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After two decades of strong economic growth and convergence in living standards towards the levels of more prosperous OECD countries, Portugal’s performance weakened in the 2000s, productivity growth slowed and competitiveness deteriorated. Restoring Portugal’s potential for strong, inclusive growth calls for a comprehensive reform of the State.
Today the OECD is publishing a report on Portugal's challenges as far as structural reform is concerned. The OECD is an outstanding reference for policy-makers all around the world and I wanted my country to benefit from your skills, experience, and insights, especially on the question of structural reform, said the Portuguese Prime Minister.
Low growth and huge current account deficits have characterised the Portuguese economy over the past decade.
This paper illustrates possible trade-offs between two different fiscal consolidation strategies in Portugal: sticking to the nominal fiscal targets in the EU-IMF programme or allowing automatic stabilisers to work, while sticking to the structural primary deficit targets implied by the programme.
Owing to slow growth and a relatively weak fiscal position, Portugal’s public debt had been rising for almost a decade when the global crisis struck, sharply increasing the deficit.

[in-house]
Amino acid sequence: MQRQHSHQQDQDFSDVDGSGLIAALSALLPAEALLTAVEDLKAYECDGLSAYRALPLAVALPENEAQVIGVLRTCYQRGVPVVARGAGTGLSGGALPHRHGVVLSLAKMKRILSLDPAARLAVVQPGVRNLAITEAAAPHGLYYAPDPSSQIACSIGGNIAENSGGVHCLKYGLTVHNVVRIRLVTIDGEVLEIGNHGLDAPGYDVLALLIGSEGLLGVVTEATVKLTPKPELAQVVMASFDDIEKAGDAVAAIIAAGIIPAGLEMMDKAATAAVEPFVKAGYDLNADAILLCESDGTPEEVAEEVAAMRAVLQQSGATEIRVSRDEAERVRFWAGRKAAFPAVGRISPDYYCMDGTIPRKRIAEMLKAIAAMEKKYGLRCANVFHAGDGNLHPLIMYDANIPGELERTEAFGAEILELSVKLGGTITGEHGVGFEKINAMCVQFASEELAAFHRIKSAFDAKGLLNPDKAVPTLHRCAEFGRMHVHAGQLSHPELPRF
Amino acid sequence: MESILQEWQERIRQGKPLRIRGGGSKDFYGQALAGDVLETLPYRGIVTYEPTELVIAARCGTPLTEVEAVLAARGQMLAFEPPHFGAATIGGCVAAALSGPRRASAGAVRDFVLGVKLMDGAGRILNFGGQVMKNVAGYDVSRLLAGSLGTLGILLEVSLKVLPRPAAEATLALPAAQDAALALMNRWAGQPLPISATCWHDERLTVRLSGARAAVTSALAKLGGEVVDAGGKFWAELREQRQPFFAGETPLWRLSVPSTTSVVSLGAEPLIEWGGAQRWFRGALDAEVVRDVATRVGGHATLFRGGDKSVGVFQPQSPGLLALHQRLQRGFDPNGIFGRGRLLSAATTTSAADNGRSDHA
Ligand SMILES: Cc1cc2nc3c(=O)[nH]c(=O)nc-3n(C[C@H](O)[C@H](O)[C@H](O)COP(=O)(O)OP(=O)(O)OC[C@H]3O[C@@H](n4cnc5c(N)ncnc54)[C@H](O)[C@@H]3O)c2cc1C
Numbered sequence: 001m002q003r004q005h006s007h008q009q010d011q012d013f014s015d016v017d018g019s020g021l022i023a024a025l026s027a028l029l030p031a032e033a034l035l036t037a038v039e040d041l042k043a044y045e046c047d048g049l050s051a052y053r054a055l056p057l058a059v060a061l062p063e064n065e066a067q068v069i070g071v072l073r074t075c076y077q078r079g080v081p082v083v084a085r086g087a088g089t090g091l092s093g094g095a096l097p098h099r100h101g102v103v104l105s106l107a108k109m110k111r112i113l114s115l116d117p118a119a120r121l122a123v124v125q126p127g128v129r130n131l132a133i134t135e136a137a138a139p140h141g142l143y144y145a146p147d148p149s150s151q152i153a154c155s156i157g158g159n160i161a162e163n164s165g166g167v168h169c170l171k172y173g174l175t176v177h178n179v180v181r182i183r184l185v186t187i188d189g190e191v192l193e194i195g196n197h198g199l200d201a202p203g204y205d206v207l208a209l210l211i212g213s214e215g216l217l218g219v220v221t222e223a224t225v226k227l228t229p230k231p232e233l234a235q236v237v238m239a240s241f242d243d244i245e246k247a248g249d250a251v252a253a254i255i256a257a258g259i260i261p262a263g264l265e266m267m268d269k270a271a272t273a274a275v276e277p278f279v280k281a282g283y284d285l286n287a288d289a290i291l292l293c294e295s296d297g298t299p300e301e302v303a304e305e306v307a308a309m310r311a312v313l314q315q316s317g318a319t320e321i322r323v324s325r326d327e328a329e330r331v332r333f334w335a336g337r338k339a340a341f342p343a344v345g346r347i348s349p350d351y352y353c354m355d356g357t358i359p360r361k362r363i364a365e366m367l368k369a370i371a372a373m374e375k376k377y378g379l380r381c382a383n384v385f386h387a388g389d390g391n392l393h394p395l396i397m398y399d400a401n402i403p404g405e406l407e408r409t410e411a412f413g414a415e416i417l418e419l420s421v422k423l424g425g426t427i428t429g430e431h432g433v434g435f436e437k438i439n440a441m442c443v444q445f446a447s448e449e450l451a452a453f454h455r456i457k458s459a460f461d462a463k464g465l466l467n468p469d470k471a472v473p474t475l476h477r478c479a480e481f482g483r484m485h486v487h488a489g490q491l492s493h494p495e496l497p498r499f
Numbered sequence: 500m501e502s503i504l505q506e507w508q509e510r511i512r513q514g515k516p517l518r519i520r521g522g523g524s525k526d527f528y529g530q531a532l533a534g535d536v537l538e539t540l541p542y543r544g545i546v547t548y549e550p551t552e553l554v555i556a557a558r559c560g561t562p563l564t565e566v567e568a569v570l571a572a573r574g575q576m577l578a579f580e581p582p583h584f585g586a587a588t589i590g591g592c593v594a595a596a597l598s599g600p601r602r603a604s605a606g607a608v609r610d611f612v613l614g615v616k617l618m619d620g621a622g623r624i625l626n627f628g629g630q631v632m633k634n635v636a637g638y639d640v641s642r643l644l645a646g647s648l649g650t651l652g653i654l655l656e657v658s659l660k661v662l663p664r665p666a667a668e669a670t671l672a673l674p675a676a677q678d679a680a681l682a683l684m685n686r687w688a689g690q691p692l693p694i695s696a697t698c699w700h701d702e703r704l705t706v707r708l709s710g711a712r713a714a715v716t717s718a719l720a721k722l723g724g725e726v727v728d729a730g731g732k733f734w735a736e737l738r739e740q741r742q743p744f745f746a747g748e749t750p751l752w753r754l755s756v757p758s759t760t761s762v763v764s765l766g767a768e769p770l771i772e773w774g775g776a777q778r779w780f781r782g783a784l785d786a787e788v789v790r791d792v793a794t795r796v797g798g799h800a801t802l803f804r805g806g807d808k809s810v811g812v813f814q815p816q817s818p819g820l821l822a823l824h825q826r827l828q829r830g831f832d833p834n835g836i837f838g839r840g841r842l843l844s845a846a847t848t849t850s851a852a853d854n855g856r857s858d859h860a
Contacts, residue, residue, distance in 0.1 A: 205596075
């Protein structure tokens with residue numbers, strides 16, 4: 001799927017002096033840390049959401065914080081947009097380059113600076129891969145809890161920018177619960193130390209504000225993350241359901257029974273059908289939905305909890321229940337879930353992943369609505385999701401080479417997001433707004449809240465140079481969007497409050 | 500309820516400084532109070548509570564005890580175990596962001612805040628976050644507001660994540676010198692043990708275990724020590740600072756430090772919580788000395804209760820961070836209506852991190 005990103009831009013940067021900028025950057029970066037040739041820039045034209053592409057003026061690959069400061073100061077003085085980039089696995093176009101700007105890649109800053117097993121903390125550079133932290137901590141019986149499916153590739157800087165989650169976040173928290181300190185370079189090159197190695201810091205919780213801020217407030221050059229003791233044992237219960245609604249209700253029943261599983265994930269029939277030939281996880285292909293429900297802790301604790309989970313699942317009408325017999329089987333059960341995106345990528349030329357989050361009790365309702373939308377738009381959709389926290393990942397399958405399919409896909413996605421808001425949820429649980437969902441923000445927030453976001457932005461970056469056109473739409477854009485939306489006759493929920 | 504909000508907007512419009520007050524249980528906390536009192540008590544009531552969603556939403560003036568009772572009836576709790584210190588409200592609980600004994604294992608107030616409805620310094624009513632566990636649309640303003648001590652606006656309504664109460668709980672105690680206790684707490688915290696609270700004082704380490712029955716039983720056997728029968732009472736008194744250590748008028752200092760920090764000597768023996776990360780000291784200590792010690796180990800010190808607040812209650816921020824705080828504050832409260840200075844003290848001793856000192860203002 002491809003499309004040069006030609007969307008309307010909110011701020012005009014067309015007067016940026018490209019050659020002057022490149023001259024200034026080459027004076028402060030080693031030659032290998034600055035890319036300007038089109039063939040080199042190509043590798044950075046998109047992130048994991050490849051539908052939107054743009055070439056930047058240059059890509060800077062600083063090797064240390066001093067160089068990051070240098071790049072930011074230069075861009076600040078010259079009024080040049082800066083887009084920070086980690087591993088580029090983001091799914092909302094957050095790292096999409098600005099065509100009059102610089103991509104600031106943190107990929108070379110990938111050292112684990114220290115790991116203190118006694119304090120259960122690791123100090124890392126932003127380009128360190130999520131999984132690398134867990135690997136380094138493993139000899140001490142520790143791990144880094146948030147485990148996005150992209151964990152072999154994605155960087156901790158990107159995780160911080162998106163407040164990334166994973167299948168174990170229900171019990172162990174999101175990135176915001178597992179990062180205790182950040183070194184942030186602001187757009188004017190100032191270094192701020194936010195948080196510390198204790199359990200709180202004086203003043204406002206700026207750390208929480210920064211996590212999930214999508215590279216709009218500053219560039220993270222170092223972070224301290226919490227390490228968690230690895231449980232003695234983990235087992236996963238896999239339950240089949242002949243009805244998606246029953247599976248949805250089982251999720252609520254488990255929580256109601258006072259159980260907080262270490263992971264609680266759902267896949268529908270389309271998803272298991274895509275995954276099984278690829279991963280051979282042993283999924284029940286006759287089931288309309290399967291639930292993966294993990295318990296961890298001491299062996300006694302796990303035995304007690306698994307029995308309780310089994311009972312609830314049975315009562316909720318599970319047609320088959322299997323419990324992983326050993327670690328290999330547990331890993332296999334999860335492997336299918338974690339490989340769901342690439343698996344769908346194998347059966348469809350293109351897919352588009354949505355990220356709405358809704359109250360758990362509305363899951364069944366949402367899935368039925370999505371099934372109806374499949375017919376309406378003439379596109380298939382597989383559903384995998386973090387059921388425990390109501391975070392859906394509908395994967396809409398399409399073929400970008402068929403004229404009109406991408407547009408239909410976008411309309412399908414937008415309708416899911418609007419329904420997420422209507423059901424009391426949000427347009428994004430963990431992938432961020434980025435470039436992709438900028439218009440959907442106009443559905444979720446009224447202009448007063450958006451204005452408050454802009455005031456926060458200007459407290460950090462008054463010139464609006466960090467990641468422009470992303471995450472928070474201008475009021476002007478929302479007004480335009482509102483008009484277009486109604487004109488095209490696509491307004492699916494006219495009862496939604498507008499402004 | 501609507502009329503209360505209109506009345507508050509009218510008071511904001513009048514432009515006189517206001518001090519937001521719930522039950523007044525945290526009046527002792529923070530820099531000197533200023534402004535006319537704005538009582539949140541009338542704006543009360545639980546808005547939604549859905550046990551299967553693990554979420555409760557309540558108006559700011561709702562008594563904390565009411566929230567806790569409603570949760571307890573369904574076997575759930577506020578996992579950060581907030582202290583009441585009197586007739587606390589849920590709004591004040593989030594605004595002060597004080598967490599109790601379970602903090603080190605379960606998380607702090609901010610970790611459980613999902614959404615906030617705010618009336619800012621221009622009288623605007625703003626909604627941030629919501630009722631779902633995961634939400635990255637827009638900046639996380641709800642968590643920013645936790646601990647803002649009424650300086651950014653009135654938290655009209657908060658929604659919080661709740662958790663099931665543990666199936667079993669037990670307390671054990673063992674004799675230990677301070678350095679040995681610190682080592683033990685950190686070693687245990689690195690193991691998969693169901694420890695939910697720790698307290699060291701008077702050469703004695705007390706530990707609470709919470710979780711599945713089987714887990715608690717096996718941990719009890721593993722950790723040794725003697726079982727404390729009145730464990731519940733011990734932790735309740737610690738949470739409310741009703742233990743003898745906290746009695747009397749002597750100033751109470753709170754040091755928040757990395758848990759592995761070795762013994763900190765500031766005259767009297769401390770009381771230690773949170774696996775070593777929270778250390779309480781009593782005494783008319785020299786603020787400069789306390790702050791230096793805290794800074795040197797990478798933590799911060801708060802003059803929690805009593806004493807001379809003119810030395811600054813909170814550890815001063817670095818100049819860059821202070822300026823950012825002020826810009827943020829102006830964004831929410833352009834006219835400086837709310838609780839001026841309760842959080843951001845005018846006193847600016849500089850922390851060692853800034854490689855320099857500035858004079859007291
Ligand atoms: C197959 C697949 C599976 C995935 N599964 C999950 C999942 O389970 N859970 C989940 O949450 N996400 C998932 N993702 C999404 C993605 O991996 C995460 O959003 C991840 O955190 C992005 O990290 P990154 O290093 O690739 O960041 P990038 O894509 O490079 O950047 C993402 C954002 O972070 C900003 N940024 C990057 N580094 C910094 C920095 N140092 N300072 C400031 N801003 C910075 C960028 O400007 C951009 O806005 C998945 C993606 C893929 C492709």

Portugal has started on a long road of economic adjustment to boost growth and reduce debt. A range of structural reforms are needed to restore fiscal sustainability, improve labour market performance and rebalance the economy towards tradables.
Country Notes from OECD Economic Policy Reforms: Going for growth 2011 presenting OECD recommendations for structural reform priorities for individual countries.
The process of fiscal consolidation and the need to step up the poor long term economic performance provide an opportunity to implement tax measures to improve efficiency and rebalance the economy.
Portugal has made significant progress in modernising its economy over recent years but the country needs to further pursue structural reforms to restore competitiveness and thus move to more dynamic and sustainable growth.
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This note is taken from Chapter 3 of Economic Policy Reforms: Going for Growth 2010.